Thursday, May 19, 2011

An Accounting

“The Gold-weigher” by Salomon Koninck (1654)
An Accounting
“Who are you?” you asked.
“Egoist? Eudaimonist?
Stoic of Grand Style?”

If I'm a very lucky man

I'll reach a ripe old age

'ere I do my accounting last

and sum up every page:

all good I've willed, all ill I've illed

tugging war on the scales,

determining the mood in which

I'll set my Charon Sails.

Last moments come to one and all,

prepared for it or no;

Fate always deems the middle scene

best place to close the show.

Thus tragically end all our lives,

so much unsaid, undone;

great questions not answered or asked;

great journeys unbegun.

So accountings from time to time

a humble man will make,

knowing soon comes the final hour

and final breath to take.

In such accounts truth can be found

by those who seek it so:

to place more good upon the scales

then oneself one must know.

As such, I must ask who I am

with each accounting's mark

and, as I answer, ascertain

the import of my arc.

And since I am a lucky man,

I find this same concern

drove wiser men than me to write

so men like me could learn,

could read, could think, and then decide

which methods echo true

inside that place one calls The Self,

and so a path pursue.

And so I've read what I could find

and tried to make some sense

of ancient, current, of sublime,

of foolish, wise, of dense.

While more there is still left to read,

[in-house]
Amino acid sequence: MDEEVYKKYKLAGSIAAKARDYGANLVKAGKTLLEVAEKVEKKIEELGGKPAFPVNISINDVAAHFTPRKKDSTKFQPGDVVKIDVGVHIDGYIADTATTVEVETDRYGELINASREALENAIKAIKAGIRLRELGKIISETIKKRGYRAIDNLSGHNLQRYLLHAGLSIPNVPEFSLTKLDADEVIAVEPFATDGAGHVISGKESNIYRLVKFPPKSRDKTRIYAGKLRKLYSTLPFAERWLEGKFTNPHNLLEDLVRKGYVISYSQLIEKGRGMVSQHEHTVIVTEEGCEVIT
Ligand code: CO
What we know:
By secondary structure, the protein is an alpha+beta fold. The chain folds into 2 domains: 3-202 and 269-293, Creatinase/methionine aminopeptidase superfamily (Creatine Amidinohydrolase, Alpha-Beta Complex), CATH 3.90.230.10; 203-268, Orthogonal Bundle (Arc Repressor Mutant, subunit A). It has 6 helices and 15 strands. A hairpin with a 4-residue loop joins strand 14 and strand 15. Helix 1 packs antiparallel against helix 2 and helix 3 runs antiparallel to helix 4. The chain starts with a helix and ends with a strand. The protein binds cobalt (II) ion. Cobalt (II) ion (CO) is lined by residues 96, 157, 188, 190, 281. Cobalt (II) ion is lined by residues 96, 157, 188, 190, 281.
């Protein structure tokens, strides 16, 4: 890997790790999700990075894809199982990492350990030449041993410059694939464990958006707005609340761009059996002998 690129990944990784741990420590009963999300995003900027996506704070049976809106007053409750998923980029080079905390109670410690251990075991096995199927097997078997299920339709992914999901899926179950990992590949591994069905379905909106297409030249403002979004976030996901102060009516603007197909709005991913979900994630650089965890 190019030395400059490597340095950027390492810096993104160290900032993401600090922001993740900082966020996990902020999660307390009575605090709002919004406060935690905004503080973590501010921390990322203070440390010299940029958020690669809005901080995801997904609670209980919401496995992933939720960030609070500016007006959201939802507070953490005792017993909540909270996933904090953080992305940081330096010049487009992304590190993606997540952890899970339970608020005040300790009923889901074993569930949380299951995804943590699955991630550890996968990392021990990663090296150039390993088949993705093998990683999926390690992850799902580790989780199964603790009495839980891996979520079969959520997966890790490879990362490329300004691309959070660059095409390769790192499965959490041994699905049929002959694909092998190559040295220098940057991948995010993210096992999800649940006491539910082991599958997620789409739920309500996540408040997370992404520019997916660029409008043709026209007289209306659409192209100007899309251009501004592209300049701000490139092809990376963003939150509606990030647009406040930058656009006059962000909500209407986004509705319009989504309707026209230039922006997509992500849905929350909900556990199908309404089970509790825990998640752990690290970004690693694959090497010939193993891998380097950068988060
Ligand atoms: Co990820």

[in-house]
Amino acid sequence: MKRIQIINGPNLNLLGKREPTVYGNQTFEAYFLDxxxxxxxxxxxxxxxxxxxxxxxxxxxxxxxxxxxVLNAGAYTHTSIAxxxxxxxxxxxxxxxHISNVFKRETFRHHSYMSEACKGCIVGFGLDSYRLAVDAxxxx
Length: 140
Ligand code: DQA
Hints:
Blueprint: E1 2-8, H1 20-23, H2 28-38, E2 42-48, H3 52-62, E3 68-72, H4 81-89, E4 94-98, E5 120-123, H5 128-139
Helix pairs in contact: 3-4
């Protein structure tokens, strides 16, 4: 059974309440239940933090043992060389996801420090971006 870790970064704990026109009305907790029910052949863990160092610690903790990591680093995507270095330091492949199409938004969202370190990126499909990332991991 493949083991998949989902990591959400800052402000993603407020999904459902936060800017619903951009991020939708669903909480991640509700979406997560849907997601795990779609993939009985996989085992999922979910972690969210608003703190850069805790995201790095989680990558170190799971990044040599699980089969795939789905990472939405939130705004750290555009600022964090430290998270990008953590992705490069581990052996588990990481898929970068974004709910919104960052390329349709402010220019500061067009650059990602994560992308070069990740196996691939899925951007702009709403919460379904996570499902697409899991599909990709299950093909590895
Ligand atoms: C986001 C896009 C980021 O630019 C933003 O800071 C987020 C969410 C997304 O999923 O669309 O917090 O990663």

to understand and weigh,

of all I've read, of all I've thought,

here's what I am today.

I spurn Progressive petulance

and finger-pointing twist:

Bad Karma comes from shaking of

Mad Marx's angry fist.

The Liberals of Classic kind

are more my cup of tea.

Locke, Hayek, Rand is where I stand;

Freedom rings well with me.

Deontology leaves me cold.

With Duty as baton,

Kant's grand list of Imperatives

makes man automaton.

Utility falls short as well.

Joy through Adding Machine,

despite all of Mill's Calculus,

End just won't pardon Mean.

Epictetus, Epicurus?

I like The Stoic best:

care of the things you can control,

pay no mind to the rest.

And while Fate has its final word

I'm still allowed some say;

Compatibilist Nature leaves

man room to choose his way.

Thus Emerson and Nietzsche urged

do so in Style Grand,

from Emerson: God manifest,

from Nietzsche: Will to stand.

With Nietzsche's Dionysus and

Emerson's “Thyself trust.”,

I find myself as Silenus,

gold Self inside clay bust.

Imperfect, flawed, yet meaning well,

ideal self as guide,

I chart a path to tip my scales

onto the better side.

So to Aristotle I nod,

The Ethics of Daimon,

what works in a life of extremes,

a humble faith, my own.

In all I work, in all I think,

in all I rest and play,

I try to stay true to myself

and out of others' way.

And so I finish this account,

course set to fickle sea,

'til next time Fate says “Sit you down.”,

my humble hero, me.